The ability to work and share experiences with like-minded and compatible human beings helps to form a healthy social-professional spectrum that breeds creativity
Historically, the human sense of community can be traced back to roots of their existence. Humans are actually hardwired to be connected with each other as part of a community. At the very onset of our existence, we understood that hunting, gathering and agriculture were easier to accomplish together. From there on, humans established some of the first civilizations: Communities bound together by the common goal of survival. Traditionally, communities were formed basis geographic sense of place like neighbourhood or a milieu (such as temple, church, recreation centers) where people congregated. Common interests & values, social ties, profession and diversity were accompanying factors around which communities formed and co-existed. In 1986, social psychologists McMillan & Chavis defined the Social Capital of community as “a feeling that members have of belonging, a feeling that members matter to one another and to the group, and a shared faith that members’ needs will be met through their commitment to be together.”
Amidst rapid socio-economic evolution, as institutions and hierarchies erode, people globally are rebuilding a sense of community, to reinstate collective optimism in their lives. The daily struggles, stress and chaos of modern life make communities a source of support for individuals. With the best part of our day spent in a workspace among co-workers, the communities at commercial enterprises have become significant and a primary touchpoint for psycho-social interactions.
The ability to work and share experiences with like-minded and compatible human beings helps to form a healthy social-professional spectrum that breeds creativity. This, coupled with the fact that 65 percent of our workforce fall into the bracket of young millennials, makes it vital to adopt a heterogeneous and flexible work culture in offices worldwide. Hence, it comes as no surprise that most enterprises are realising the potential of coworking and propagating community building initiatives to bring in a strong sense of belonging among employees.
With 19000 shared workspaces worldwide and over 1.74 million diverse members, coworking industry is leading the wave of enhancing the social-professional experience for startups, freelancers, SMEs and large enterprises by providing the perfect platform for collaboration, commerce and community building. From being restricted to designated cubicle and interacting only with intradepartmental colleagues in traditional offices, coworking has successfully blurred the rigid lines of workspace relationships by allowing for social bonds to be formed beyond demographics and designations.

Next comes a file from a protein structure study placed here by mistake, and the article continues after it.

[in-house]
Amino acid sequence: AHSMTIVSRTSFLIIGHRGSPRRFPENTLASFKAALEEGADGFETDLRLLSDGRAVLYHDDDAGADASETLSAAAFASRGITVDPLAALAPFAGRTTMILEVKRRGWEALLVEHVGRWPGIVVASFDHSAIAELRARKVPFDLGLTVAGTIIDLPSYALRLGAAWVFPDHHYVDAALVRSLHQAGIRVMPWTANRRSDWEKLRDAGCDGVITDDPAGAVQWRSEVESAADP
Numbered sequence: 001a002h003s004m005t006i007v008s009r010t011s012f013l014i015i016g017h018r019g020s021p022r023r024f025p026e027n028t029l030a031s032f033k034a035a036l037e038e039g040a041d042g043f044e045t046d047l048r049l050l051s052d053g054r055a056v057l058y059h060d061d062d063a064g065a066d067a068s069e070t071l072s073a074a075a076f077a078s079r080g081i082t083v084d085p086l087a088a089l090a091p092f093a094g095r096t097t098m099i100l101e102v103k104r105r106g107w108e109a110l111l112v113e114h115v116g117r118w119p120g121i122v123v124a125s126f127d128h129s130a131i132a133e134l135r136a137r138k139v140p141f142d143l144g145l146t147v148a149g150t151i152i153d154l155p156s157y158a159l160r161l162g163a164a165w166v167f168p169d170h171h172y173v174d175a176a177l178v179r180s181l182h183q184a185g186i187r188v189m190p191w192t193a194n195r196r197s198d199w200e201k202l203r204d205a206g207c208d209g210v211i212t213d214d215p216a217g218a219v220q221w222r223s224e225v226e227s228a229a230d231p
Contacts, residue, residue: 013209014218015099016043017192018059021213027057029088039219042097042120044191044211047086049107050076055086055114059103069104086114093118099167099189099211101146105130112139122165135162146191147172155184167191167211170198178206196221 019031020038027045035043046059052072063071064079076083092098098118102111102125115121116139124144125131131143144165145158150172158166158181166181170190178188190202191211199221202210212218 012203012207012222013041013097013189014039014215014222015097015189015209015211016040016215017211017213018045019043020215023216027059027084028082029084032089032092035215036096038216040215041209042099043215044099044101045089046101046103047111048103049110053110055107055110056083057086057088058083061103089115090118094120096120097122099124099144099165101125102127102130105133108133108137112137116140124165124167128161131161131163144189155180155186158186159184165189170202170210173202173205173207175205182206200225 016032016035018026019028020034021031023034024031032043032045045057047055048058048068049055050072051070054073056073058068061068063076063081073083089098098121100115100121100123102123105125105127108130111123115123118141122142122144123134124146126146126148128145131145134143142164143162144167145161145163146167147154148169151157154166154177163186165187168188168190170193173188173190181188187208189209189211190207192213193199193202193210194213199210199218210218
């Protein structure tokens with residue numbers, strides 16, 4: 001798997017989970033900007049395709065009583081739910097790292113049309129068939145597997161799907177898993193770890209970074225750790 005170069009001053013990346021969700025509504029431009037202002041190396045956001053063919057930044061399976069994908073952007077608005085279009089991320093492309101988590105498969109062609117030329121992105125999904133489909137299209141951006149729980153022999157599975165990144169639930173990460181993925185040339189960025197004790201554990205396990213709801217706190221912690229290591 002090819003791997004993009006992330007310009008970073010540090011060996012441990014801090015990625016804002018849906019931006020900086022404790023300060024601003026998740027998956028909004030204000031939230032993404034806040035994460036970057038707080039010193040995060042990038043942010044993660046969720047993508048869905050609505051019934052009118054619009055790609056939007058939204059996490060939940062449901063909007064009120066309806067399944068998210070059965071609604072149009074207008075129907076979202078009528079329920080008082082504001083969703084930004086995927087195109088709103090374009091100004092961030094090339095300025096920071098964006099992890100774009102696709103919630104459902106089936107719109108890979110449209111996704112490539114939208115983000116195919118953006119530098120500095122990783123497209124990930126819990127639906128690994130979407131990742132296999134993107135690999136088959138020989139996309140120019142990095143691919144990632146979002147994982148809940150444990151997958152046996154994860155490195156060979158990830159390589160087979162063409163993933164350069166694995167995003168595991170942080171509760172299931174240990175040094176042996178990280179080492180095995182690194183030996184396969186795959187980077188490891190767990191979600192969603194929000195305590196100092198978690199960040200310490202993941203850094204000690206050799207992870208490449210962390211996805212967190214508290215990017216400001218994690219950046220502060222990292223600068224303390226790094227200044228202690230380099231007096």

With the 3Cs, the momentum shift toward coworking is set to continue as it provides a holistic approach toward the modern workspace culture.
Collaboration – In terms of perception and functionality, coworking is largely synonymous to collaboration. There is a high degree of mutual learning between companies and individuals at a shared workspace. Startups gain from the learnings of SMEs, SMEs learn from the experience of established corporates who in turn benefit from the ripple effect of budding innovative startup culture. According to a report, 84 percent of the people working at a coworking space are more engaged and motivated than traditional offices. The collaboration, however, doesn’t just stop at learning from each other. Companies often find mutual corporate needs and may collaborate on a business level to enhance their scope of work as well.
Commerce – The existence of a highly conducive business environment is key to the success of coworking spaces. It opens the door to a world of endless possibilities, led by business alliances and exchange of ideas through innovation and B2B associations. Over 83 percent of the enterprises admit to seeing tangible business benefits after moving to shared workspaces, according to a study.
Community – Connecting enterprises and individuals across different hierarchies, demographics, industries and skill sets is key to building a strong workspace community for sustainable business growth. Coworking also sets an extremely high benchmark in setting a strong corporate and learning culture by organizing appropriate networking and social events to solidify the bond between not just different colleagues and individuals but also between enterprises and their employees. From speaker sessions, frequent celebrations and specially curated experiences, coworking spaces provide a good reason to form social relationships beyond business objectives.
Undoubtedly, the trend of community building and promoting collaboration at workspaces will gain further momentum in the coming years. Developments in artificial intelligence, voice recognition and IoT will soon replace the need for desktops and laptops. In fact, wearable technology will lead to complete workplace mobility, making coworking spaces with ample activity-based settings, the perfect meeting ground for social-professional interactions leading to a sense of belonging, inspiration and motivation.
Please read the published article on the below link: